After much experimentation, Mattheij rewrote the software (several times in fact) to accomplish a variety of basic tasks. At its core, the system takes images from a webcam and feeds them to a neural network to do the classification. Of course, the neural net needs to be "trained" by showing it lots of images, and telling it what those images represent. Mattheij's breakthrough was allowing the machine to effectively train itself, with guidance: Running pieces through allows the system to take its own photos, make a guess, and build on that guess. As long as Mattheij corrects the incorrect guesses, he ends up with a decent (and self-reinforcing) corpus of training data. As the machine continues running, it can rack up more training, allowing it to recognize a broad variety of pieces on the fly.

Here's another video, focusing on how the pieces move on conveyer belts (running at slow speed so puny humans can follow). You can also see the air jets in action:

In an email interview, Mattheij told Mental Floss that the system currently sorts LEGO bricks into more than 50 categories. It can also be run in a color-sorting mode to bin the parts across 12 color groups. (Thus at present you'd likely do a two-pass sort on the bricks: once for shape, then a separate pass for color.) He continues to refine the system, with a focus on making its recognition abilities faster. At some point down the line, he plans to make the software portion open source. You're on your own as far as building conveyer belts, bins, and so forth.

Check out Mattheij's writeup in two parts for more information. It starts with an overview of the story, followed up with a deep dive on the software. He's also tweeting about the project (among other things). And if you look around a bit, you'll find bulk LEGO brick auctions online—it's definitely a thing!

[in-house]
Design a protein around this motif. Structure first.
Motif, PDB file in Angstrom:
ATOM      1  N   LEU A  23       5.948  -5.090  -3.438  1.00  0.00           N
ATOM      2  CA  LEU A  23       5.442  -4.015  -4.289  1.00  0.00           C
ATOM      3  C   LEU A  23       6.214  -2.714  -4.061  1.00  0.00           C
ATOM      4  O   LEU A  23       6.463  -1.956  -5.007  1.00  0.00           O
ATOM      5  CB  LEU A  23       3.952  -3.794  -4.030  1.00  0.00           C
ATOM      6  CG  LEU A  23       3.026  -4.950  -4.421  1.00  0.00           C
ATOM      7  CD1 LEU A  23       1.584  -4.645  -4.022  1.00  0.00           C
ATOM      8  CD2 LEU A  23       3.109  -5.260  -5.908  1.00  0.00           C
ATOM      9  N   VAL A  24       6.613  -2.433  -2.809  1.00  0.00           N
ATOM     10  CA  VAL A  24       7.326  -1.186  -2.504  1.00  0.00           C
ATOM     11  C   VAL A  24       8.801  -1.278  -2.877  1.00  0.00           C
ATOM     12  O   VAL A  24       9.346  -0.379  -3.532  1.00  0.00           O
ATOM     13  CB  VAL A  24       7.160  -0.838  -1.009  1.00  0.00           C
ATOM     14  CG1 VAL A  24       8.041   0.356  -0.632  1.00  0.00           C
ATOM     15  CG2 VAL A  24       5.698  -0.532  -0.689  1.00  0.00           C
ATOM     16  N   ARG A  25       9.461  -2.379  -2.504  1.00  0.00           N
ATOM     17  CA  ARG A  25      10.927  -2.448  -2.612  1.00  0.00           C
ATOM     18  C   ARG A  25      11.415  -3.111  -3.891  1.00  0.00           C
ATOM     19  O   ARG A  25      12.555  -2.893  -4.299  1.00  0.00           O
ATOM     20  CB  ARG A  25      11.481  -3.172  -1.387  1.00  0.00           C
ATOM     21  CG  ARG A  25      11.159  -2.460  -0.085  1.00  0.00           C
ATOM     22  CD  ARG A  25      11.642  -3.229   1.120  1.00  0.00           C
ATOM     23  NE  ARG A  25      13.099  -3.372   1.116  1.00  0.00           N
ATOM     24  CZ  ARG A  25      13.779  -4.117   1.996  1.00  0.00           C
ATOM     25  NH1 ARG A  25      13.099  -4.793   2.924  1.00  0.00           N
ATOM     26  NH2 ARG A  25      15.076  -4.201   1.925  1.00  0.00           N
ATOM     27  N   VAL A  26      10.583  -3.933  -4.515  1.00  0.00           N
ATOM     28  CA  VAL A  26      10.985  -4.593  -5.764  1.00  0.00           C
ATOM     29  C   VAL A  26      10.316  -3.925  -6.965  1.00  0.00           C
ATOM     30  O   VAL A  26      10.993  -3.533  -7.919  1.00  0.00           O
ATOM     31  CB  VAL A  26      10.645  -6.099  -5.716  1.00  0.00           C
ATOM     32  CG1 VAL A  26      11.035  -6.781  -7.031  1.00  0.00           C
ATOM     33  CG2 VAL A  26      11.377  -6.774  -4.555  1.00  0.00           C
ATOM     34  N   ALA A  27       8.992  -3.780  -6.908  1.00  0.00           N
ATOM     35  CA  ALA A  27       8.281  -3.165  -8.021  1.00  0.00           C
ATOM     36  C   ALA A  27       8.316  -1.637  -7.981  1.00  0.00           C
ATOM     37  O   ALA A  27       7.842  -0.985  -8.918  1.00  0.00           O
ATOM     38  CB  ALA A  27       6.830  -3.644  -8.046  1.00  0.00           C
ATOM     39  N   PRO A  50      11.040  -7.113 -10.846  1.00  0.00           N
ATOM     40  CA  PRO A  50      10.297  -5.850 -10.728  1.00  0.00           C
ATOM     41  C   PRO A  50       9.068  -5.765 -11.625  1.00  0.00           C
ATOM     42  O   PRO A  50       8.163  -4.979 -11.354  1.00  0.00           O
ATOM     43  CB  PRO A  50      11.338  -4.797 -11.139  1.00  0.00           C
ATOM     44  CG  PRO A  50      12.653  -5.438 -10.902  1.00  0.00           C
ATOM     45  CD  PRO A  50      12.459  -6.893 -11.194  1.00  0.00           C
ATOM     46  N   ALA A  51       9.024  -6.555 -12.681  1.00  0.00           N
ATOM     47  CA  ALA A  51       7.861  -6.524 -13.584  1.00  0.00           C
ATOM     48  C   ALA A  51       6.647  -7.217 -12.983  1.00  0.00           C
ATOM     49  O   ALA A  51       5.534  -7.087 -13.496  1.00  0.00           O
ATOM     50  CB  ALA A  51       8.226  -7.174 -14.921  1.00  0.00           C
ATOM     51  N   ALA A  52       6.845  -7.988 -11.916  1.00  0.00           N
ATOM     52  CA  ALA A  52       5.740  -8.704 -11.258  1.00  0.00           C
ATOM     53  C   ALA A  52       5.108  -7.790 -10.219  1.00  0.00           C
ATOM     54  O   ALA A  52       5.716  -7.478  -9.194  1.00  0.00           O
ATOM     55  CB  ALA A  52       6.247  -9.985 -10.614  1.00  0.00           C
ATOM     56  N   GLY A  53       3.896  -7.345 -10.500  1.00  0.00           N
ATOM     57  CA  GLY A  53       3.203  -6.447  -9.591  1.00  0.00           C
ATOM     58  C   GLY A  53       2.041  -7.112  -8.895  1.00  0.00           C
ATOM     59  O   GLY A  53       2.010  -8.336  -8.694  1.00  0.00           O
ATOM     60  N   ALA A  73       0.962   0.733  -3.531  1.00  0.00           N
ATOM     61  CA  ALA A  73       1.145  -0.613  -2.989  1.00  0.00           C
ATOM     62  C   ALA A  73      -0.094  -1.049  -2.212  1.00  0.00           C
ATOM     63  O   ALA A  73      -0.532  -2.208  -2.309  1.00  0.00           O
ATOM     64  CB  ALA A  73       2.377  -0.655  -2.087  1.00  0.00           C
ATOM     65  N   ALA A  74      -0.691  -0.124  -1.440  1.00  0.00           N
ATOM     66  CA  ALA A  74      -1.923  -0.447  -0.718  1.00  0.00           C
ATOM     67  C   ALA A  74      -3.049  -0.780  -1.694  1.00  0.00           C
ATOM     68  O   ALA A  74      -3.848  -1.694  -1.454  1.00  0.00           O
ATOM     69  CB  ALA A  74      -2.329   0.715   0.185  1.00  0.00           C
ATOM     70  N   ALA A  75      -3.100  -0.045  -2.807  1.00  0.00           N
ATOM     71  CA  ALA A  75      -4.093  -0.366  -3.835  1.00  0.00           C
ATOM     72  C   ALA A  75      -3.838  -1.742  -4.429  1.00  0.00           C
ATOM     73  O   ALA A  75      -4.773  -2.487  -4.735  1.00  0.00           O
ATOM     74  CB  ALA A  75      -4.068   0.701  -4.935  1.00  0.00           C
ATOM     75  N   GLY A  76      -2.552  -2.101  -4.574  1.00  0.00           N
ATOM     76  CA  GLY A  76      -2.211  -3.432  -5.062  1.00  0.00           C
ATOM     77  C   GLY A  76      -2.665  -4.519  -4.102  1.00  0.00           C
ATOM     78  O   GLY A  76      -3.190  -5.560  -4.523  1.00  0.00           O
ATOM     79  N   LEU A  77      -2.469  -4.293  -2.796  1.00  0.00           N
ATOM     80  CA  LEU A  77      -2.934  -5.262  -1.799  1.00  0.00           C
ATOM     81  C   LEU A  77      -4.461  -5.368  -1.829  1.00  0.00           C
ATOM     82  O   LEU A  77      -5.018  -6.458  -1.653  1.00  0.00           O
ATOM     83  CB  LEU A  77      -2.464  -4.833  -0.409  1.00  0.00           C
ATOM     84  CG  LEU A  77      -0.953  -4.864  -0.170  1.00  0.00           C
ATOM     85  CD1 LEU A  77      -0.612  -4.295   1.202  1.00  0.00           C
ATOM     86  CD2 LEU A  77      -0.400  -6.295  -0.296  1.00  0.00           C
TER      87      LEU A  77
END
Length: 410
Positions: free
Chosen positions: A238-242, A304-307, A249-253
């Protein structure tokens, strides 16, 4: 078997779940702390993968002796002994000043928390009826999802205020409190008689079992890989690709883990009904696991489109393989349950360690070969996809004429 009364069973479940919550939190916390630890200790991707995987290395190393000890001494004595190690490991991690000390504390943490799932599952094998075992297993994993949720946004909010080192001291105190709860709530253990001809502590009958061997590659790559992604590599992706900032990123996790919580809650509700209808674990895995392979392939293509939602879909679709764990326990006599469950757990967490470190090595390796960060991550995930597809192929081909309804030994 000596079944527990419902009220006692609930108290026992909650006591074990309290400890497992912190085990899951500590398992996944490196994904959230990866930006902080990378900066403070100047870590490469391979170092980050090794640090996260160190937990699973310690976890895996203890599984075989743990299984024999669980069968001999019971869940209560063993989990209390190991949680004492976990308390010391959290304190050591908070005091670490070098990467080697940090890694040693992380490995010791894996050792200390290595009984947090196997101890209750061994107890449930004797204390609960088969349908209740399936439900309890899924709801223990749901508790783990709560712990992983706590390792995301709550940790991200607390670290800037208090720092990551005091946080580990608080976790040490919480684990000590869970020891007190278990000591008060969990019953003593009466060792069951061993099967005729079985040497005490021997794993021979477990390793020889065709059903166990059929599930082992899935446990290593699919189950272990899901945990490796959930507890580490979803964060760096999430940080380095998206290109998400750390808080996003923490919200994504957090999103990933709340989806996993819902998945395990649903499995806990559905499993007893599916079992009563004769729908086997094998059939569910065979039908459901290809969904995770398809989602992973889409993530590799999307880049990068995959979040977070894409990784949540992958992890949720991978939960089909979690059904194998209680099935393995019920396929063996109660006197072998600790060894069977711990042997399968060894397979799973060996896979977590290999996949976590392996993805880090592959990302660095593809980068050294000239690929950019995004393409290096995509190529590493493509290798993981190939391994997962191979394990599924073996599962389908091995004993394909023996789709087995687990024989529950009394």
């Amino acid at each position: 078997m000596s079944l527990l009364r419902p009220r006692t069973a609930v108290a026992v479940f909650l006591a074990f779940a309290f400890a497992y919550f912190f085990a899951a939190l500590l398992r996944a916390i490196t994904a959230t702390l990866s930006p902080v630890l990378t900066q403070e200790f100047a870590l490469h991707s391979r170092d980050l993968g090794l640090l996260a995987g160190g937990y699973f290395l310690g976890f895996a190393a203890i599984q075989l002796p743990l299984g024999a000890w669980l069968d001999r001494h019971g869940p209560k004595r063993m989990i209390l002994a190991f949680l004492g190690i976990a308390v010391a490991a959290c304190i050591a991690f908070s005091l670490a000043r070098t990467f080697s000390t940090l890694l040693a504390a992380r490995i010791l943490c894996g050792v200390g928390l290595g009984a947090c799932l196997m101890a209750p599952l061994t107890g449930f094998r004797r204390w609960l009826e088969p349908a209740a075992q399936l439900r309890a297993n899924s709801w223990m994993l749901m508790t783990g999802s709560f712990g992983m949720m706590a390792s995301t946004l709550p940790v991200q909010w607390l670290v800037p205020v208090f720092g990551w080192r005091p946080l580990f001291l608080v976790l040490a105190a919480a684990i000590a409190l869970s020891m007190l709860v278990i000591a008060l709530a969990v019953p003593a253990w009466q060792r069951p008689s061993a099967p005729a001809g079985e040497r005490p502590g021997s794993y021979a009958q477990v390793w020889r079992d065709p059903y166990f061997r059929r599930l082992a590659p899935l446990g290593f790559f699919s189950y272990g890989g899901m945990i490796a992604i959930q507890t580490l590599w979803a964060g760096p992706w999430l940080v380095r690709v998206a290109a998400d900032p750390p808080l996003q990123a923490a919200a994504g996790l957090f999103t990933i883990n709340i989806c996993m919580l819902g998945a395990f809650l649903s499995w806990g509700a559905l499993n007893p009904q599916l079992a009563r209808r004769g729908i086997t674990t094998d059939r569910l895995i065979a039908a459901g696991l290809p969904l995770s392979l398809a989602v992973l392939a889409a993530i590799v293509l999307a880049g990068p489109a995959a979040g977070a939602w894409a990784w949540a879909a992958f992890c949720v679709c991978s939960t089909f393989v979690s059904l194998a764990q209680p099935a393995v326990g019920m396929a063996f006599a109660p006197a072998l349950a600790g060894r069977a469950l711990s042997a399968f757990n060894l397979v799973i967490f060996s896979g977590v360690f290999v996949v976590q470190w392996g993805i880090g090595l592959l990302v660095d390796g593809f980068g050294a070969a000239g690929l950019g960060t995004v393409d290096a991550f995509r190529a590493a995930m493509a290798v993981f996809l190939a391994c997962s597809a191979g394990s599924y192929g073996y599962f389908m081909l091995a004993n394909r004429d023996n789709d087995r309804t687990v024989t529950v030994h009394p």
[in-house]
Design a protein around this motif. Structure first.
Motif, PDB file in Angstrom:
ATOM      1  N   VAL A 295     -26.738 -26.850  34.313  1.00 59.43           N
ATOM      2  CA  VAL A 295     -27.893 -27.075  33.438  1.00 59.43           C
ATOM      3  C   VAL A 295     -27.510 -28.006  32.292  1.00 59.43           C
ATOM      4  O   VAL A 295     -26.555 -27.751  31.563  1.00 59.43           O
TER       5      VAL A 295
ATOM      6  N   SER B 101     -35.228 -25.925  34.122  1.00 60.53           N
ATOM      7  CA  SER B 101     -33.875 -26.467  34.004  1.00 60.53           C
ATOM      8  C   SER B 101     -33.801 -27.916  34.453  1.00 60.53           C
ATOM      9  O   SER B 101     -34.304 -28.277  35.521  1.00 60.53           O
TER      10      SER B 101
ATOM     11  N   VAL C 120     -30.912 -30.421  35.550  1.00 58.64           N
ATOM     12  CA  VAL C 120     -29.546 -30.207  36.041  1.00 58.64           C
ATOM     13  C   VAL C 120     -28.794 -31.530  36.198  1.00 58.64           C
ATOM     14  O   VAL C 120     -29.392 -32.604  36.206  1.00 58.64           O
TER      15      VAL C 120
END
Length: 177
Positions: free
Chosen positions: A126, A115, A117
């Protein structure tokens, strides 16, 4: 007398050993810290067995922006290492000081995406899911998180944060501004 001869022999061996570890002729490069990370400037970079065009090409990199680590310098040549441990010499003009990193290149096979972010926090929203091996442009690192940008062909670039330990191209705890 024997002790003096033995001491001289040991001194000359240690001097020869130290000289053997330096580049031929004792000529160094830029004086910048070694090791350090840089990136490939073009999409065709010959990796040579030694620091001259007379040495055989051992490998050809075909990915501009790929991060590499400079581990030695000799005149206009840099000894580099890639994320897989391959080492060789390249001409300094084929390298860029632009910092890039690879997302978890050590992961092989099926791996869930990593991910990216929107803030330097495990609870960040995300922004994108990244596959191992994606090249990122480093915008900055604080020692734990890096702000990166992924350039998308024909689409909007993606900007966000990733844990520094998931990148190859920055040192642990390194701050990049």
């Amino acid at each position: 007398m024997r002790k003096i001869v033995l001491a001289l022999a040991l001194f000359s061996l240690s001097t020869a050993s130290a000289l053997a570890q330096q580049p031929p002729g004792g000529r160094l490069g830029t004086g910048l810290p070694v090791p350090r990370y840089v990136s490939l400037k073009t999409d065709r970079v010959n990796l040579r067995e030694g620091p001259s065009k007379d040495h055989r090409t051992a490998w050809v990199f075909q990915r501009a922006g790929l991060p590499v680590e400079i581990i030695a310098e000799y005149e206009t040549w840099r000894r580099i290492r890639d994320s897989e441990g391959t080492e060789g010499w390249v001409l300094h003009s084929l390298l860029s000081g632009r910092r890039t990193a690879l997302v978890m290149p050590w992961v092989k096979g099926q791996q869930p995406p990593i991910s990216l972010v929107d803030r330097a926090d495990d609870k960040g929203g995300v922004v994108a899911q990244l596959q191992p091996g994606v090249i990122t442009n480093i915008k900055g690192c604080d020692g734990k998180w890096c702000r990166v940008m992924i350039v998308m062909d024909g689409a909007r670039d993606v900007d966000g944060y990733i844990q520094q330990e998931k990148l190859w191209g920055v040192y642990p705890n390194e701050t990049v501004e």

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Why Your iPhone Doesn't Always Show You the 'Decline Call' Button
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When you get an incoming call to your iPhone, the options that light up your screen aren't always the same. Sometimes you have the option to decline a call, and sometimes you only see a slider that allows you to answer, without an option to send the caller straight to voicemail. Why the difference?

A while back, Business Insider tracked down the answer to this conundrum of modern communication, and the answer turns out to be fairly simple.

If you get a call while your phone is locked, you’ll see the "slide to answer" button. In order to decline the call, you have to double-tap the power button on the top of the phone.

If your phone is unlocked, however, the screen that appears during an incoming call is different. You’ll see the two buttons, "accept" or "decline."

Either way, you get the options to set a reminder to call that person back or to immediately send them a text message. ("Dad, stop calling me at work, it’s 9 a.m.!")

[h/t Business Insider]